Hamlet’s soliloquy in Act I Scene 2 is the first time that the reader fully understands Hamlet’s character, his inner thoughts and opinions. The general tone of this soliloquy is very personal and emotional revealing Hamlet’s despair over the current situation and his depressing state of mind. It sets the stage for the rest of the story, being Hamlet’s hatred of Claudius and resentment of his mother.
Previous to this soliloquy we learn that King Hamlet’s brother, Claudius, has become the new king of Denmark by entering into an incestuous marriage with Queen Gertrude, the late king’s wife. Claudius has made a grandiose, eloquent speech presenting him and his wife to the court, manipulating and distracting his audience from the abnormality of the situation. Hamlet, naturally still mourning his father’s death, is shocked by how quickly everyone has forgotten and refuses to play along with Claudius’ show. Hamlet interrupts the speech with snide, witty comments like, “a little more than kin and less than kind,” addressing the unnatural relationship that him and Claudius now have. The King and Queen turn to Hamlet and encourage him to get over father’s death and to stay in Denmark under the pretense of loving him. When Hamlet again interrupts with spiteful words against both his mother and Claudius, Claudius publicly humiliates Hamlet by making a speech, highlighting the reasons why Hamlet cannot be king. Instead of refuting Claudius, Hamlet becomes compliant to his mother’s wishes and agrees to stay in Denmark.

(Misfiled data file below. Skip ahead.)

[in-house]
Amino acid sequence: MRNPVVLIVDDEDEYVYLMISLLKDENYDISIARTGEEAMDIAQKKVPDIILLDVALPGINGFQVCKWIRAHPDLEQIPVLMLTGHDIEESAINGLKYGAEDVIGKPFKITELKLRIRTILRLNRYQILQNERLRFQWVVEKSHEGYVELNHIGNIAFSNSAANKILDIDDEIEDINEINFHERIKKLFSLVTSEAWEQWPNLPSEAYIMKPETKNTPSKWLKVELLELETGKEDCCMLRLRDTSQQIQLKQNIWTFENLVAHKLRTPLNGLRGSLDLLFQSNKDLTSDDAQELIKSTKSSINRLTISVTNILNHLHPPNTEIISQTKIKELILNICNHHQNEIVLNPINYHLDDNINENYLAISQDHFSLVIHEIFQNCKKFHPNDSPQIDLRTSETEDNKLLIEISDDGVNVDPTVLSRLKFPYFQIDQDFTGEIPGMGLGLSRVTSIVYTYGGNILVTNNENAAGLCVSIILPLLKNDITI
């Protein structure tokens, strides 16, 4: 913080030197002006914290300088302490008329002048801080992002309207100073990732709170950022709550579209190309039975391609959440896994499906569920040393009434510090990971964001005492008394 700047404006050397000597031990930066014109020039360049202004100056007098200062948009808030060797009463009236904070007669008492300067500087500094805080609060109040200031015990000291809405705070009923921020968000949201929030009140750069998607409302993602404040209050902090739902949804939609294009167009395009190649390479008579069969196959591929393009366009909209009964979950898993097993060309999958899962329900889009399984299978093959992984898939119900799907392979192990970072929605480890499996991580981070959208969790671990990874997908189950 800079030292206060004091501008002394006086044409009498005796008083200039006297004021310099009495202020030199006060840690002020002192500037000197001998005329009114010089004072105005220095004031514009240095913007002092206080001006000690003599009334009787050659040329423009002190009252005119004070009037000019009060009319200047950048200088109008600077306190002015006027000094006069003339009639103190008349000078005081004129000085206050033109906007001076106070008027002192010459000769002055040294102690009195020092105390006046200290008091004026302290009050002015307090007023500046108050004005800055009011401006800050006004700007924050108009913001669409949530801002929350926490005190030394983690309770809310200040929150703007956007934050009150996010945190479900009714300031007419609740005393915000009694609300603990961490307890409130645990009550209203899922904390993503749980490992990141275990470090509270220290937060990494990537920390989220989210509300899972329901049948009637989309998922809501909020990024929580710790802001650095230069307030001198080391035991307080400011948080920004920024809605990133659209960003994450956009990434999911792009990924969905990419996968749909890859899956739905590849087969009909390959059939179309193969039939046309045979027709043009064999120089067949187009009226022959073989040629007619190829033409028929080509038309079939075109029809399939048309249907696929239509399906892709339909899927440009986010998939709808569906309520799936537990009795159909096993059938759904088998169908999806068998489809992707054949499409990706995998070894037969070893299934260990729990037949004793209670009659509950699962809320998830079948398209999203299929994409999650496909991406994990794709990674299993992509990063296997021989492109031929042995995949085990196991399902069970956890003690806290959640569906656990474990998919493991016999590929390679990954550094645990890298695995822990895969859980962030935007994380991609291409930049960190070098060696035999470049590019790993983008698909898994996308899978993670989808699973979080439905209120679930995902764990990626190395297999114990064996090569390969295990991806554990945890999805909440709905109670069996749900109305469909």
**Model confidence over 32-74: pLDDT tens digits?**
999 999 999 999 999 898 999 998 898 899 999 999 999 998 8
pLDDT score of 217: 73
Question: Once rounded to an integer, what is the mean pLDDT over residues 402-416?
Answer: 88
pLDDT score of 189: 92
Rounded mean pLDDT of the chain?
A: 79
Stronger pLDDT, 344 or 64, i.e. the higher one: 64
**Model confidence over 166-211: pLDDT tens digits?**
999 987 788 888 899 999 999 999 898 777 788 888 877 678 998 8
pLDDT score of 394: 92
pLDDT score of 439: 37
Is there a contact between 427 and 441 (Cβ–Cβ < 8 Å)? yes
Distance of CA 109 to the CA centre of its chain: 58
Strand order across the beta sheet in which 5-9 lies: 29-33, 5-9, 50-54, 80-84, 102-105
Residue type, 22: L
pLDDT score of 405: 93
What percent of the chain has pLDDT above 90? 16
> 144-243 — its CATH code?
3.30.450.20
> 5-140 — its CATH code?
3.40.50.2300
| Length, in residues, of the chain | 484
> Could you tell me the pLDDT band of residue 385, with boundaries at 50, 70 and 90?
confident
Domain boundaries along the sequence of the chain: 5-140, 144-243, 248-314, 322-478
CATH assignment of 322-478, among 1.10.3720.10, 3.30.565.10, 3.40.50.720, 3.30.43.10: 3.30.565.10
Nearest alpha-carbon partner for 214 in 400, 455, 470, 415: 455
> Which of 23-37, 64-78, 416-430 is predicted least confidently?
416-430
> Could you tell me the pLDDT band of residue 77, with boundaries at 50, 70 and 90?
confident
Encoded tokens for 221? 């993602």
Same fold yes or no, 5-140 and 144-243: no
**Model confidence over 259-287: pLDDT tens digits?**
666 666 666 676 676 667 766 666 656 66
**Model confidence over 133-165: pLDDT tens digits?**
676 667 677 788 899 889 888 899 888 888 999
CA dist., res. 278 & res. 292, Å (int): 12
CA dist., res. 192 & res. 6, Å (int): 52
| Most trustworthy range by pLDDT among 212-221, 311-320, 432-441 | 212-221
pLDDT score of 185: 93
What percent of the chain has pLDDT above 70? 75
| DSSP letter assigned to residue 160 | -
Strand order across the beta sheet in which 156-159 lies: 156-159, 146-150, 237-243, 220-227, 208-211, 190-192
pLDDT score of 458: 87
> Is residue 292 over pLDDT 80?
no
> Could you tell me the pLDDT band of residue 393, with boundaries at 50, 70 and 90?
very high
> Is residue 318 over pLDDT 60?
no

Shakespeare utilizes situational irony at this point in the story where once Hamlet is left alone we expect him to explode into anger, but instead he falls into a passive state of self-pitying. “O, that this too, too sullied flesh would melt, thaw, and resolve itself into a dew.” In this line Hamlet expresses his desire to commit suicide which alerts the reader to his depressive state. The way in which he describes the act as “melting” also alerts us...
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